The Neighborhood Through Time
The 1906 Earthquake and the End of a Working Class Community
twelve minutes past five in the morning on 18 April, 1906, San Francisco
was shaken by a massive earthquake. The South of Market neighborhood
was devastated – its flimsy buildings constructed over filled-in marshes
and creeks provided little protection for their inhabitants. The worst
however, came later in the day. Scattered fires grew into firestorms
that consumed block after block of collapsed wooden buildings. Firemen,
trying to contend with ruptured water mains, were forced to retreat
to the nat ural fire break offered by Market Street. By the end of the
day, unknown numbers of the South of Market community were dead, and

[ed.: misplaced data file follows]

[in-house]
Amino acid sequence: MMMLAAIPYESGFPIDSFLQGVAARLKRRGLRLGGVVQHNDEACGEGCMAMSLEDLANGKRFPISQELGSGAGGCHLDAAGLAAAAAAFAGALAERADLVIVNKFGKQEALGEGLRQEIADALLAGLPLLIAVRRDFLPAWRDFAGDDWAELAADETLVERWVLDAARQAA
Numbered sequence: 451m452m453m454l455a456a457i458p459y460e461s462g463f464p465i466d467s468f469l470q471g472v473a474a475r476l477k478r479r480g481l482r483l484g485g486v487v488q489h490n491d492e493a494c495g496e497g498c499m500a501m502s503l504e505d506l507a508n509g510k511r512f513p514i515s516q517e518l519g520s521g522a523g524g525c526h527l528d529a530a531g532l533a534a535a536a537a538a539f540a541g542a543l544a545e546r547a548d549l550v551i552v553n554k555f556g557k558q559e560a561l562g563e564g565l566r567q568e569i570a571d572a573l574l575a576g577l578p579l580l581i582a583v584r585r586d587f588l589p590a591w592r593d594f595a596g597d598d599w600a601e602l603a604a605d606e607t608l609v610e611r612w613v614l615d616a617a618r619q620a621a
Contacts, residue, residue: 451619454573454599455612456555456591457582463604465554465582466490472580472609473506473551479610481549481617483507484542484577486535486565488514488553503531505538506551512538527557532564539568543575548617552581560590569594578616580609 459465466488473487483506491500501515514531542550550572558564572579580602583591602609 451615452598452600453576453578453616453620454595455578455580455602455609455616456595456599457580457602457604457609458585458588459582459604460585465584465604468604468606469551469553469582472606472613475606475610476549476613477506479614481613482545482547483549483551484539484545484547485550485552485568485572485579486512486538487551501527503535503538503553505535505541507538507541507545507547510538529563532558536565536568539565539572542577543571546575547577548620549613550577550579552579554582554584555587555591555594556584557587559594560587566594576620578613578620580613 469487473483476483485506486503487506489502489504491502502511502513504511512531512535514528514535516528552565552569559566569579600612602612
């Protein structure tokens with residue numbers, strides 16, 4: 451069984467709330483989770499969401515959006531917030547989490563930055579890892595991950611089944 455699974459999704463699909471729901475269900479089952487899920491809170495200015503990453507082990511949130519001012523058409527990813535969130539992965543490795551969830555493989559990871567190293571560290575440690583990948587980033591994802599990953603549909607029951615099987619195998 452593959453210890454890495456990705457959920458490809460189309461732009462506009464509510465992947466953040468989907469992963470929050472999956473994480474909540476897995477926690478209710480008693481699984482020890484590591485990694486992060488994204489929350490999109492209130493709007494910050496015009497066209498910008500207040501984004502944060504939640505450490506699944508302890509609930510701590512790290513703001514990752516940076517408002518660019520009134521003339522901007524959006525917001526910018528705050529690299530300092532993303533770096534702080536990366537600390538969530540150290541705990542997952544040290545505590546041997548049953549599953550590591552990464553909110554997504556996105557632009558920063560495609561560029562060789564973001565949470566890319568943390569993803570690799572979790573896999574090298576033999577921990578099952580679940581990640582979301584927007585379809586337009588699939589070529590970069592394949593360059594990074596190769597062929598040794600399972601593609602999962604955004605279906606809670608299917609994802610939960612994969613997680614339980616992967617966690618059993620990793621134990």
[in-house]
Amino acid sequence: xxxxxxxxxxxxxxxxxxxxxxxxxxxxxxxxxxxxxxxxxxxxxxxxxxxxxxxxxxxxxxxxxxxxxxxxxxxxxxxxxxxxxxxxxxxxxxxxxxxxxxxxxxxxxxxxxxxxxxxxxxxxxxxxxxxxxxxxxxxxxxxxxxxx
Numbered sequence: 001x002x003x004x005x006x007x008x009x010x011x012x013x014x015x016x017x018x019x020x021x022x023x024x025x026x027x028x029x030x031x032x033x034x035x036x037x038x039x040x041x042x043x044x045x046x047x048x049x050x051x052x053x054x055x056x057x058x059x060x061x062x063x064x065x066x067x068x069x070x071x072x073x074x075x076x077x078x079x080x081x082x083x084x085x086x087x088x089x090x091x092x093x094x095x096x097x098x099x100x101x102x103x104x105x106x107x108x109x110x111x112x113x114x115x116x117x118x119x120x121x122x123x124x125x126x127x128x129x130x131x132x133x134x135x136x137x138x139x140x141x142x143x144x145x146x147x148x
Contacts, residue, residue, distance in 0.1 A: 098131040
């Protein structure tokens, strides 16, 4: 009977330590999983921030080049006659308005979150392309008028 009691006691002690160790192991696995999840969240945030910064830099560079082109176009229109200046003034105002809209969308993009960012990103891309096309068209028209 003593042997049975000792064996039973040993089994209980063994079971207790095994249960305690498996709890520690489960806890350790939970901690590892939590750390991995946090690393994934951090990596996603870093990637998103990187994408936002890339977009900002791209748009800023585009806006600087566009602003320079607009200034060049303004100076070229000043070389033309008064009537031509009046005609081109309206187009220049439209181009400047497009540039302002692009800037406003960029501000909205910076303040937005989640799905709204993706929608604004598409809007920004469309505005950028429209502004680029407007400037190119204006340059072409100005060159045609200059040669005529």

had scattered to outlying areas. Much of the debris was used to fill
low-lying land in the San Francisco including South of Market.
Many of the South of Market survivors found shelter in small semi-portable cabins set up in city parks. As the rubble was cleared away, some of these cottages were moved from the parks and set up on private lots to replace destroyed houses.
The 1906 earthquake and fire marked a crucial dividing line in the history of the South of Market neighborhood. Just as it had shattered buildings, the disaster destroyed the working class communities that had made South of Market their home.